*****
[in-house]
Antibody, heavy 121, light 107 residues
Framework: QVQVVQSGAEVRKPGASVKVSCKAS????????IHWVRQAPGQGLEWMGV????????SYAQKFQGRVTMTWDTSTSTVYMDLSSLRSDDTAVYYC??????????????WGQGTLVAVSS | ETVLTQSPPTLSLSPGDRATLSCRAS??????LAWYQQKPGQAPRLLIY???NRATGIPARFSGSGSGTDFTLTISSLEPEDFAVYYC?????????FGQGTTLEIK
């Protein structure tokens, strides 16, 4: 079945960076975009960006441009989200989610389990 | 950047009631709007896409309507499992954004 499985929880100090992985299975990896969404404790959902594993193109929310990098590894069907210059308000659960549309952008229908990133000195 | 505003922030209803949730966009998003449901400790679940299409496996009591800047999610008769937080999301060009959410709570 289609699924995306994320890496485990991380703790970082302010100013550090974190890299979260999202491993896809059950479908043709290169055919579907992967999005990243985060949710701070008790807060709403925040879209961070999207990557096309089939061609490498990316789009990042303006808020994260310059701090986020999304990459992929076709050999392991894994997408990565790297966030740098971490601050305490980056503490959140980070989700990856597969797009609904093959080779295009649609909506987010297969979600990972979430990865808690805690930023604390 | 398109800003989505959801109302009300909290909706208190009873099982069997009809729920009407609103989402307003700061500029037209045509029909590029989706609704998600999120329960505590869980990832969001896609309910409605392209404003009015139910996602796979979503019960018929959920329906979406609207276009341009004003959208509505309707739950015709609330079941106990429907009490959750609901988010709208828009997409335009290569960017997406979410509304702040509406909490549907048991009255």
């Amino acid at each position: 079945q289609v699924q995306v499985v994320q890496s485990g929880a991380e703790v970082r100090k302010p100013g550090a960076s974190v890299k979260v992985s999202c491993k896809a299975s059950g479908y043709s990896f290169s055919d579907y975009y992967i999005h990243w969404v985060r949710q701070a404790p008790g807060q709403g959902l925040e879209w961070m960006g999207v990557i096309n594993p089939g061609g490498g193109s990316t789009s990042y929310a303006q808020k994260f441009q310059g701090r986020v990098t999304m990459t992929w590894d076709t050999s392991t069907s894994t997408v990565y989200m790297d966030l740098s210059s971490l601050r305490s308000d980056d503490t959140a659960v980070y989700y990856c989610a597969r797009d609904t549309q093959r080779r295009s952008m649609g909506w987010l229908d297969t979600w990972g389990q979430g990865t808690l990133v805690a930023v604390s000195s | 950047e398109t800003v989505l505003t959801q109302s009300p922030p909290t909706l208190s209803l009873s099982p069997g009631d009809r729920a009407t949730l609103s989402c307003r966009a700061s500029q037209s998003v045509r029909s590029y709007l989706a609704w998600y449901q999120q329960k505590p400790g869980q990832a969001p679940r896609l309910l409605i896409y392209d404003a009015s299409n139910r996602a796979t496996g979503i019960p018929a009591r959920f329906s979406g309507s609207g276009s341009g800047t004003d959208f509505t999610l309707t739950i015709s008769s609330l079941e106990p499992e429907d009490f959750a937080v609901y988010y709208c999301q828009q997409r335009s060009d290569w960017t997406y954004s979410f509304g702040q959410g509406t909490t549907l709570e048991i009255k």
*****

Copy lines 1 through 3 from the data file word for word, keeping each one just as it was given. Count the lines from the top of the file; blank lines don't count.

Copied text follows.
[in-house]
Antibody, heavy 121, light 107 residues
Framework: QVQVVQSGAEVRKPGASVKVSCKAS????????IHWVRQAPGQGLEWMGV????????SYAQKFQGRVTMTWDTSTSTVYMDLSSLRSDDTAVYYC??????????????WGQGTLVAVSS | ETVLTQSPPTLSLSPGDRATLSCRAS??????LAWYQQKPGQAPRLLIY???NRATGIPARFSGSGSGTDFTLTISSLEPEDFAVYYC?????????FGQGTTLEIK